Treatment will be evaluated after each set of 40 HBO sessions. Treatment will stop if no improvement is seen on the SPECT scan, cognitive assessment, physical evaluation, or you decide to stop. Follow-up SPECT scan and cognitive assessments at 3 months post-treatment may be requested.

How long will I be on the study?
If the SPECT scan and cognitive assessment show improvement after each set of 40 HBO sessions, you may be in the study for up to 120 HBO sessions (at a maximum of 5 sessions per week) or until you decide to stop.  It is anticipated that most TBI will show signs of improvement after 40 HBO sessions. A final SPECT scan and cognitive assessment at 3 months post-treatment may be requested.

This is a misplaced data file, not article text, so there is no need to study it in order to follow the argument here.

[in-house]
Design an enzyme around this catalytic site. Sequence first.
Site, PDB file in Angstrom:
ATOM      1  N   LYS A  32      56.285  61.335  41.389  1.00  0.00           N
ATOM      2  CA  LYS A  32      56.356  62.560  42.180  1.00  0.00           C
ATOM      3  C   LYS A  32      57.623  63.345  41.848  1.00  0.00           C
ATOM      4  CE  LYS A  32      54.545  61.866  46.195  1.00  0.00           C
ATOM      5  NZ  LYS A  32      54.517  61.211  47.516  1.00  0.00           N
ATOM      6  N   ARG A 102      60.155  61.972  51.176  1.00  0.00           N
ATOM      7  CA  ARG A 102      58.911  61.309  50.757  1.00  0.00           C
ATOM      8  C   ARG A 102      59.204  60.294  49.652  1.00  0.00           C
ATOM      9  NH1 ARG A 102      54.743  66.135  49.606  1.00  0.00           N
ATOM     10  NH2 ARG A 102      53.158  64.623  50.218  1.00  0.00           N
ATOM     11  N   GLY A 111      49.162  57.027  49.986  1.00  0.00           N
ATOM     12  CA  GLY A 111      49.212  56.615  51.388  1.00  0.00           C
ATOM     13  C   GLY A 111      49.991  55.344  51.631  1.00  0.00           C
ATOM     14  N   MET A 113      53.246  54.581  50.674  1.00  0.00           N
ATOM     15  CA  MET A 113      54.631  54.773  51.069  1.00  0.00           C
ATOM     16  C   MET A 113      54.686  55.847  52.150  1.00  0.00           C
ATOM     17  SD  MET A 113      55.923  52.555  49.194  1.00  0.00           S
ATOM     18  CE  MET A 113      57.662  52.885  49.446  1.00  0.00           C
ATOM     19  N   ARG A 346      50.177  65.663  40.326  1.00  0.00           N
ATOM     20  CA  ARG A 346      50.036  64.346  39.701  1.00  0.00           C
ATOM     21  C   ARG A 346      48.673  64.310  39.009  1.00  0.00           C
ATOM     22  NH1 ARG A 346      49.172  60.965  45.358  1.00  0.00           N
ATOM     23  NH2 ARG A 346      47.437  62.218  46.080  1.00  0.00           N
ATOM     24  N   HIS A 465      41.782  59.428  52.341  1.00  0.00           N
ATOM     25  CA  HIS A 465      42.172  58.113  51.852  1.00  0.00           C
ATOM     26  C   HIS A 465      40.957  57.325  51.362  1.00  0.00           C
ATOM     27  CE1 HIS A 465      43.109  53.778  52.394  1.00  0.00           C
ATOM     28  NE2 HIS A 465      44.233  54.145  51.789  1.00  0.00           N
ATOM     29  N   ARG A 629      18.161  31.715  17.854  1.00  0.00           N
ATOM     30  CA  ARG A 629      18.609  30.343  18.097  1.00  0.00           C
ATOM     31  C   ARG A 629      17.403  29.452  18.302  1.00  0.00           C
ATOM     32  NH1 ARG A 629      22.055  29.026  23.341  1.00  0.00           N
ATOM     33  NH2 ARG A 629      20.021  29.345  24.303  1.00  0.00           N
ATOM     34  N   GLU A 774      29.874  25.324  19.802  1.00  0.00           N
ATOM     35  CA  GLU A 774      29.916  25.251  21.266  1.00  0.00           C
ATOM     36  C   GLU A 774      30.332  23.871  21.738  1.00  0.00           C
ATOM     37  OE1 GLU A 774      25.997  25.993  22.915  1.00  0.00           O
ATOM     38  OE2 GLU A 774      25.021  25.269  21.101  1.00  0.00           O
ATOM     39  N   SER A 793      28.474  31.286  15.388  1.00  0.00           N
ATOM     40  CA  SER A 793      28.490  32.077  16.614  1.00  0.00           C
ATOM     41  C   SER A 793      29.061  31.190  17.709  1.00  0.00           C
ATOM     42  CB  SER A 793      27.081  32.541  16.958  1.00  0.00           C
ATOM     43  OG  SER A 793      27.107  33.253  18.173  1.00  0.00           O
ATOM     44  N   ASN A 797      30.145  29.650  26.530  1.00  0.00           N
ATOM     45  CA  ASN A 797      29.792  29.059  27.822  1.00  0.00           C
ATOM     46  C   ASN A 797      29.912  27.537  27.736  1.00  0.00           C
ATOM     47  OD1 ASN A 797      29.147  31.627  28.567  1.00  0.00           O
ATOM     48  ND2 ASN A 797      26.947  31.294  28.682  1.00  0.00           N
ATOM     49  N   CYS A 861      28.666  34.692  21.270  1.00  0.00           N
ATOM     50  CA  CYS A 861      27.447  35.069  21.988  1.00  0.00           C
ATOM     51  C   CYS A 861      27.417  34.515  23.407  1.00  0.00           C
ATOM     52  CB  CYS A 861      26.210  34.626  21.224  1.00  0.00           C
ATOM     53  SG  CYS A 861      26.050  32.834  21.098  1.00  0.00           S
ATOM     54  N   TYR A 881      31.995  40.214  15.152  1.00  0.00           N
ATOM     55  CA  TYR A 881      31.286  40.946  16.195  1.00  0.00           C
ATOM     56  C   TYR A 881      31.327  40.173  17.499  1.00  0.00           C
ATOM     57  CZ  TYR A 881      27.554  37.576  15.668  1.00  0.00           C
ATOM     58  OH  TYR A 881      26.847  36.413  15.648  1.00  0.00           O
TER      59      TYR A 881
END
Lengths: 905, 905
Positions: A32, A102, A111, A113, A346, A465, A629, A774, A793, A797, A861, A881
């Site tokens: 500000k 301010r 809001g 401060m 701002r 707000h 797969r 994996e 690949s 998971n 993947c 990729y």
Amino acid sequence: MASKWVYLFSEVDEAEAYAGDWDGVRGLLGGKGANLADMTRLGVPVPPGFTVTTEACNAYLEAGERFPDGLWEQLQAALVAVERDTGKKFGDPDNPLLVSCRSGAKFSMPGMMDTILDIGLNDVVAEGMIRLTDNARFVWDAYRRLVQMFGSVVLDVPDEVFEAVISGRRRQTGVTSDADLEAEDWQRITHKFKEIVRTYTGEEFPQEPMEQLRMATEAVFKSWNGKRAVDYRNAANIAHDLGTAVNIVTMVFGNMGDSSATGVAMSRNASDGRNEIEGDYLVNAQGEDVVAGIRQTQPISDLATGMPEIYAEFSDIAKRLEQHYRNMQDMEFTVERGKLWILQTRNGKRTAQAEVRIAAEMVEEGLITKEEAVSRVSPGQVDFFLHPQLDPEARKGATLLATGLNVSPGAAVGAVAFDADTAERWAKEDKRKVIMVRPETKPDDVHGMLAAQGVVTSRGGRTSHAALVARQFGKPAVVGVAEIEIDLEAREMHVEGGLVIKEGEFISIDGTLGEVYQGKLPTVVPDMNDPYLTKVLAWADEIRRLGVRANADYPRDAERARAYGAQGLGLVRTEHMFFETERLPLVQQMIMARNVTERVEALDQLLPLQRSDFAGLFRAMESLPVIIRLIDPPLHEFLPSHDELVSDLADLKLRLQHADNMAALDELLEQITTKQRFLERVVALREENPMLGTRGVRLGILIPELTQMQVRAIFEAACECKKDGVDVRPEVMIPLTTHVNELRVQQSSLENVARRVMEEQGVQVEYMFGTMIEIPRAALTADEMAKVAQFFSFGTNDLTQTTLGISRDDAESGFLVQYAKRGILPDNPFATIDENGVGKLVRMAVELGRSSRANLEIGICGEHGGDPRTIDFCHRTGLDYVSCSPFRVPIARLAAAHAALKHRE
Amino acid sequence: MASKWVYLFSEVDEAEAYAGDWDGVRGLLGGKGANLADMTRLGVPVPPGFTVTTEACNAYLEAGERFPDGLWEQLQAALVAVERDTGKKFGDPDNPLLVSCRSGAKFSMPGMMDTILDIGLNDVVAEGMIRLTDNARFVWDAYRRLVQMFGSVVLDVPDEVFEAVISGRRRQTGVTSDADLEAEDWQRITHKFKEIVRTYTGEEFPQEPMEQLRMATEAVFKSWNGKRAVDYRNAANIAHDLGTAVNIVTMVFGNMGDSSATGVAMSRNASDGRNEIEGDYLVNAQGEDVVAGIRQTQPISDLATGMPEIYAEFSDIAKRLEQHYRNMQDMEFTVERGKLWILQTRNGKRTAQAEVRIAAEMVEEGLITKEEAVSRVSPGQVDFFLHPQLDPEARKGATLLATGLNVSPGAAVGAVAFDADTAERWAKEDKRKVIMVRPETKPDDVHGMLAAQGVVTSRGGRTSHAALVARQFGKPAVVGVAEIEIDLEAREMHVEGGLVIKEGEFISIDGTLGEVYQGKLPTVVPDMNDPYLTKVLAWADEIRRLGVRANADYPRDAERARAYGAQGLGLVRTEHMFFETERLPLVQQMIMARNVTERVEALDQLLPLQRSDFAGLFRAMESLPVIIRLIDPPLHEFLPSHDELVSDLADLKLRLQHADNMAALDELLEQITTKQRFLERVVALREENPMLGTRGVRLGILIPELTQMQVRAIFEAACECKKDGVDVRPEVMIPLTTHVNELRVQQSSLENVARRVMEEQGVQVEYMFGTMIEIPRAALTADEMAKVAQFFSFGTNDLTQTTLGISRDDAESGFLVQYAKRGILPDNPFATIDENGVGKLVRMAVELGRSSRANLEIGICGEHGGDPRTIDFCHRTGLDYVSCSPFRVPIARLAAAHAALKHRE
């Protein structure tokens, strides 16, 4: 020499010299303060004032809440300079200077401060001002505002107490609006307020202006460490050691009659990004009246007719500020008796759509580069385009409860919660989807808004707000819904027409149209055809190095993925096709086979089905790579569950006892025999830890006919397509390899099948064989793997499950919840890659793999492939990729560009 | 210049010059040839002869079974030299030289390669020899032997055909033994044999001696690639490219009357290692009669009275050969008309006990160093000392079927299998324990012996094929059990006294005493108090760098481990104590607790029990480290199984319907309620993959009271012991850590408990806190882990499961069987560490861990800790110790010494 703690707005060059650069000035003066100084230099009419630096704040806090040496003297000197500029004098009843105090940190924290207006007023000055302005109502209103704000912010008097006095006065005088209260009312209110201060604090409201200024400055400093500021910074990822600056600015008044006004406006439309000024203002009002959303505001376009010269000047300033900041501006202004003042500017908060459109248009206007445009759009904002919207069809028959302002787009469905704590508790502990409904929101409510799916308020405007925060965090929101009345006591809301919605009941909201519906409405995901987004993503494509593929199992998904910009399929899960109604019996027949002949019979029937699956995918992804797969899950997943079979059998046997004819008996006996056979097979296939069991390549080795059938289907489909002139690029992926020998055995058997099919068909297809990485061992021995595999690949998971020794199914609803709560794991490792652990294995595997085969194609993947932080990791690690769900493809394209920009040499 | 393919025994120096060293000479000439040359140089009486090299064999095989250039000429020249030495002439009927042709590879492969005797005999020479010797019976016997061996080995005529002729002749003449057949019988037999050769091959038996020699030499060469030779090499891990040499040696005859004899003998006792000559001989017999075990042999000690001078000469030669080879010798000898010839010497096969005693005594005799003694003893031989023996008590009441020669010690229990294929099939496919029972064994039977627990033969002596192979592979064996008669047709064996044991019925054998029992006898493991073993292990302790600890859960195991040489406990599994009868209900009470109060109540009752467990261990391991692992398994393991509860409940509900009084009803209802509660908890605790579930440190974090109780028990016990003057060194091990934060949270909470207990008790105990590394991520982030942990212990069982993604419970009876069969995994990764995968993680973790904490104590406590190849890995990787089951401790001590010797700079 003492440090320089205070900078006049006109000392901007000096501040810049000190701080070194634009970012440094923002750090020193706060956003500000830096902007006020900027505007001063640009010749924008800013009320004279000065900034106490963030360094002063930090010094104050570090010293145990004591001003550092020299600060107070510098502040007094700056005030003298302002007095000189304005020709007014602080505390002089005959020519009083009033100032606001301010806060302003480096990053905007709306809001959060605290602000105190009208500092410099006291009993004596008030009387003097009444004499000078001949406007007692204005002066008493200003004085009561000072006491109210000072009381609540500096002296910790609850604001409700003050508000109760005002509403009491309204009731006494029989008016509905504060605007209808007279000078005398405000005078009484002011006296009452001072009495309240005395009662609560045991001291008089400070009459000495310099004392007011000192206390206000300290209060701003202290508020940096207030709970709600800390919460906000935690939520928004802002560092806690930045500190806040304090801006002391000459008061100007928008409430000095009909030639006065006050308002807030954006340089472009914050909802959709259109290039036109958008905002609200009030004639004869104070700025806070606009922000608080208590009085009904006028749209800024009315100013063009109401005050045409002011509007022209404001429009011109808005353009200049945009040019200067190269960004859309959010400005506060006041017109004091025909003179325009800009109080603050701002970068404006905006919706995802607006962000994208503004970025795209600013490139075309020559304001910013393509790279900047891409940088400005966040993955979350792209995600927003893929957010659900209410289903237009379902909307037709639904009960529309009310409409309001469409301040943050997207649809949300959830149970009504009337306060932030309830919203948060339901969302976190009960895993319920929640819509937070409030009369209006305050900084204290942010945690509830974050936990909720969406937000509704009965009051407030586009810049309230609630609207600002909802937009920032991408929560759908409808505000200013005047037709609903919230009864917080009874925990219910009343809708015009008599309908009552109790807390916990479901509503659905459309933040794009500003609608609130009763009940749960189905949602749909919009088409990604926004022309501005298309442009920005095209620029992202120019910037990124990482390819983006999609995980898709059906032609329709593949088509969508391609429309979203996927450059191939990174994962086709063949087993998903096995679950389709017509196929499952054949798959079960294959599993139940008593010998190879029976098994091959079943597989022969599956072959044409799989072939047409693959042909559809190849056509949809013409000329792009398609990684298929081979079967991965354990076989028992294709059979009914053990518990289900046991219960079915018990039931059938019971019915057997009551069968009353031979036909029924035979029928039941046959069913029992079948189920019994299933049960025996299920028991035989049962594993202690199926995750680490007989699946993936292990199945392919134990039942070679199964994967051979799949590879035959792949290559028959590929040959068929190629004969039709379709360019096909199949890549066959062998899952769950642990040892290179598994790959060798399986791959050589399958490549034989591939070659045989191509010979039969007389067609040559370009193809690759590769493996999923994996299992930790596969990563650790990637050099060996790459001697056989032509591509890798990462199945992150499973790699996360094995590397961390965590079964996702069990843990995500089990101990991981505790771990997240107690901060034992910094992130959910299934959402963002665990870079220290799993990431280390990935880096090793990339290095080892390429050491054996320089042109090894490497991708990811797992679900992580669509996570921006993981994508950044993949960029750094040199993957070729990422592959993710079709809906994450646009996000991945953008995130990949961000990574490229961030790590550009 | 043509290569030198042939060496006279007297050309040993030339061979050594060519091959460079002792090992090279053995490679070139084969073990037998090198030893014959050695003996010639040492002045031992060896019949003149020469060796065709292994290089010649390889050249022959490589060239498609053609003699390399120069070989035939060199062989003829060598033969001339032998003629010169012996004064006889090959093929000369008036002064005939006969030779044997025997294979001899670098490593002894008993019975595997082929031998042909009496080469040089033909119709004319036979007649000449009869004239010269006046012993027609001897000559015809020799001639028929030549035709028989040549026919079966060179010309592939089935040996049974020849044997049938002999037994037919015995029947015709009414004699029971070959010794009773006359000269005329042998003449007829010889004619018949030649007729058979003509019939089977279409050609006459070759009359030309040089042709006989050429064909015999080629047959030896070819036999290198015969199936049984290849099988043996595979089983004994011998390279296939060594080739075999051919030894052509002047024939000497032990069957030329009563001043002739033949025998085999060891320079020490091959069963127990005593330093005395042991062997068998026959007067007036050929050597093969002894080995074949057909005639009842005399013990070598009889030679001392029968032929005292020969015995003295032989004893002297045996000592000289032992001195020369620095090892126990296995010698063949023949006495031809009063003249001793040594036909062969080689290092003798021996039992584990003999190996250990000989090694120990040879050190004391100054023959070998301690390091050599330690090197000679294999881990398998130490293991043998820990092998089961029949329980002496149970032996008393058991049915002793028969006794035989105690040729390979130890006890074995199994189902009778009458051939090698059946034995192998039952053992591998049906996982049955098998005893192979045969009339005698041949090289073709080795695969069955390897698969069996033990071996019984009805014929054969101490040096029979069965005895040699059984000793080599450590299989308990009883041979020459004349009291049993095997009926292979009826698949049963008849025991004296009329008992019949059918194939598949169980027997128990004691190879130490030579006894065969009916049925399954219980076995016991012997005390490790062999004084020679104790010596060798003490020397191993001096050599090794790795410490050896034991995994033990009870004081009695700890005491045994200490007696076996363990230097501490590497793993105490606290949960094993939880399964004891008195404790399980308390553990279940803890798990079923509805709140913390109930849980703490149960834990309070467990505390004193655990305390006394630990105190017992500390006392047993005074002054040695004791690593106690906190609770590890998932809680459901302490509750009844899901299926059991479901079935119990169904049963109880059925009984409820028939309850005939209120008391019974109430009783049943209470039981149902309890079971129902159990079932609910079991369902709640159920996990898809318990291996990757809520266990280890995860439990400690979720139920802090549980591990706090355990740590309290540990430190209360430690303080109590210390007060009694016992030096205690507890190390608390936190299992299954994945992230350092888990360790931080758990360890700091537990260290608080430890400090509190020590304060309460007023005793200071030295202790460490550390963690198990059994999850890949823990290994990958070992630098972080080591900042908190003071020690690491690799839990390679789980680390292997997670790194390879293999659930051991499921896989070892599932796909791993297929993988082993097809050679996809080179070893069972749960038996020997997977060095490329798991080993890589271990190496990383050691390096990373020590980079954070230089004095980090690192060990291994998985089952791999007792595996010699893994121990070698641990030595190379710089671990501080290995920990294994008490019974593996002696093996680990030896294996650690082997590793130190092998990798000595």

What are the benefits of participating in the study?
If you agree to take part in this study, there may or may not be a direct medical benefit to you. We hope the information learned from this study will benefit TBI patients in the future.

What are the potential risks of the study?
Under proper supervision, the risks of HBO are minimal. The most common side effect is ear pain, and patients are monitored closely for this issue. Rarely (less likely, but serious), oxygen toxicity (high concentration of oxygen that can damage cells), pulmonary barotrauma (lung injury caused by pressure) and vision change may be experienced.


*Source: Centers for Disease Control and Prevention (CDC), National Center for Injury Prevention and Control. Guide to Writing About Traumatic Brain Injury in News and Social Media.Atlanta (GA): Centers for Disease Control and Prevention; 2015.